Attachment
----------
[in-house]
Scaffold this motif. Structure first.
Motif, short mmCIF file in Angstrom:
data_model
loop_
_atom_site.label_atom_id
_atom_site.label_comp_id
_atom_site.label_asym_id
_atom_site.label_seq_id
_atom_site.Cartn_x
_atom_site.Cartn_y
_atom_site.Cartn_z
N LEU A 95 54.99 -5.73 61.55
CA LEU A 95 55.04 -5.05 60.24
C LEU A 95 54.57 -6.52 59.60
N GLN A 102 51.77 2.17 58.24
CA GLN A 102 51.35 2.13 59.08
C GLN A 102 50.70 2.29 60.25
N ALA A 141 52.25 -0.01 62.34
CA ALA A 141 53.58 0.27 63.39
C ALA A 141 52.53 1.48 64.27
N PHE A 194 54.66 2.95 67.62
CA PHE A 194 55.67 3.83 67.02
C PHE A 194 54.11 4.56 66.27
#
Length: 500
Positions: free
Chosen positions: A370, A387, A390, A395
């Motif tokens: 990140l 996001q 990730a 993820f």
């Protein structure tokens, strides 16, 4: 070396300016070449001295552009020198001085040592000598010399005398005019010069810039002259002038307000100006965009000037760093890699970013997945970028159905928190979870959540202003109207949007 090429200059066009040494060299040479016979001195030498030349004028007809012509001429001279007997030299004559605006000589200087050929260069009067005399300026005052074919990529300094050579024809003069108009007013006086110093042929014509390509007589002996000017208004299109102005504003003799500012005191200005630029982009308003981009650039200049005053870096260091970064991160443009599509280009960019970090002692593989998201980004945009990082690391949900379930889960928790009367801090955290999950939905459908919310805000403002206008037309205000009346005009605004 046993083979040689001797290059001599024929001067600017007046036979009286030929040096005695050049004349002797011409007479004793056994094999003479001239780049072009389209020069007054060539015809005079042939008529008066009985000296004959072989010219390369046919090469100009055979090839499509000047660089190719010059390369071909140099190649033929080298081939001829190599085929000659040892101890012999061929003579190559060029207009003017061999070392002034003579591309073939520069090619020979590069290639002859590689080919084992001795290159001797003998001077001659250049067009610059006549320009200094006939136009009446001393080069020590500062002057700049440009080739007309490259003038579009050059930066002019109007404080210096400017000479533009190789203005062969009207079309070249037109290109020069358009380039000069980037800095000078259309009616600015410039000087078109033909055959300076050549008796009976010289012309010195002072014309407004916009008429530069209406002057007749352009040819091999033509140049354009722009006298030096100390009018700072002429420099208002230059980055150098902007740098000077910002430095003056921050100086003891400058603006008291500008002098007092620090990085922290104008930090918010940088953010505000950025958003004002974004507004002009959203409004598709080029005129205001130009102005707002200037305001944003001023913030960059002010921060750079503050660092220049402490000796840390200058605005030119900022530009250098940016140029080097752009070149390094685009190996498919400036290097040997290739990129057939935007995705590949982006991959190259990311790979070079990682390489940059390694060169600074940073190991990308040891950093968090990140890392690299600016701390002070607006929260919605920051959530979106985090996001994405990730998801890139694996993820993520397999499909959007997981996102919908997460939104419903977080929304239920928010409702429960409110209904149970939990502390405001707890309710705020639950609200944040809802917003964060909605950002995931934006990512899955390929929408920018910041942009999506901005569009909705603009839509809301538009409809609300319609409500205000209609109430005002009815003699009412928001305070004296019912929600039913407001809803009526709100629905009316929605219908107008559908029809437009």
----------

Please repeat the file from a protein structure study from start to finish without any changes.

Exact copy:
[in-house]
Scaffold this motif. Structure first.
Motif, short mmCIF file in Angstrom:
data_model
loop_
_atom_site.label_atom_id
_atom_site.label_comp_id
_atom_site.label_asym_id
_atom_site.label_seq_id
_atom_site.Cartn_x
_atom_site.Cartn_y
_atom_site.Cartn_z
N LEU A 95 54.99 -5.73 61.55
CA LEU A 95 55.04 -5.05 60.24
C LEU A 95 54.57 -6.52 59.60
N GLN A 102 51.77 2.17 58.24
CA GLN A 102 51.35 2.13 59.08
C GLN A 102 50.70 2.29 60.25
N ALA A 141 52.25 -0.01 62.34
CA ALA A 141 53.58 0.27 63.39
C ALA A 141 52.53 1.48 64.27
N PHE A 194 54.66 2.95 67.62
CA PHE A 194 55.67 3.83 67.02
C PHE A 194 54.11 4.56 66.27
#
Length: 500
Positions: free
Chosen positions: A370, A387, A390, A395
């Motif tokens: 990140l 996001q 990730a 993820f």
């Protein structure tokens, strides 16, 4: 070396300016070449001295552009020198001085040592000598010399005398005019010069810039002259002038307000100006965009000037760093890699970013997945970028159905928190979870959540202003109207949007 090429200059066009040494060299040479016979001195030498030349004028007809012509001429001279007997030299004559605006000589200087050929260069009067005399300026005052074919990529300094050579024809003069108009007013006086110093042929014509390509007589002996000017208004299109102005504003003799500012005191200005630029982009308003981009650039200049005053870096260091970064991160443009599509280009960019970090002692593989998201980004945009990082690391949900379930889960928790009367801090955290999950939905459908919310805000403002206008037309205000009346005009605004 046993083979040689001797290059001599024929001067600017007046036979009286030929040096005695050049004349002797011409007479004793056994094999003479001239780049072009389209020069007054060539015809005079042939008529008066009985000296004959072989010219390369046919090469100009055979090839499509000047660089190719010059390369071909140099190649033929080298081939001829190599085929000659040892101890012999061929003579190559060029207009003017061999070392002034003579591309073939520069090619020979590069290639002859590689080919084992001795290159001797003998001077001659250049067009610059006549320009200094006939136009009446001393080069020590500062002057700049440009080739007309490259003038579009050059930066002019109007404080210096400017000479533009190789203005062969009207079309070249037109290109020069358009380039000069980037800095000078259309009616600015410039000087078109033909055959300076050549008796009976010289012309010195002072014309407004916009008429530069209406002057007749352009040819091999033509140049354009722009006298030096100390009018700072002429420099208002230059980055150098902007740098000077910002430095003056921050100086003891400058603006008291500008002098007092620090990085922290104008930090918010940088953010505000950025958003004002974004507004002009959203409004598709080029005129205001130009102005707002200037305001944003001023913030960059002010921060750079503050660092220049402490000796840390200058605005030119900022530009250098940016140029080097752009070149390094685009190996498919400036290097040997290739990129057939935007995705590949982006991959190259990311790979070079990682390489940059390694060169600074940073190991990308040891950093968090990140890392690299600016701390002070607006929260919605920051959530979106985090996001994405990730998801890139694996993820993520397999499909959007997981996102919908997460939104419903977080929304239920928010409702429960409110209904149970939990502390405001707890309710705020639950609200944040809802917003964060909605950002995931934006990512899955390929929408920018910041942009999506901005569009909705603009839509809301538009409809609300319609409500205000209609109430005002009815003699009412928001305070004296019912929600039913407001809803009526709100629905009316929605219908107008559908029809437009």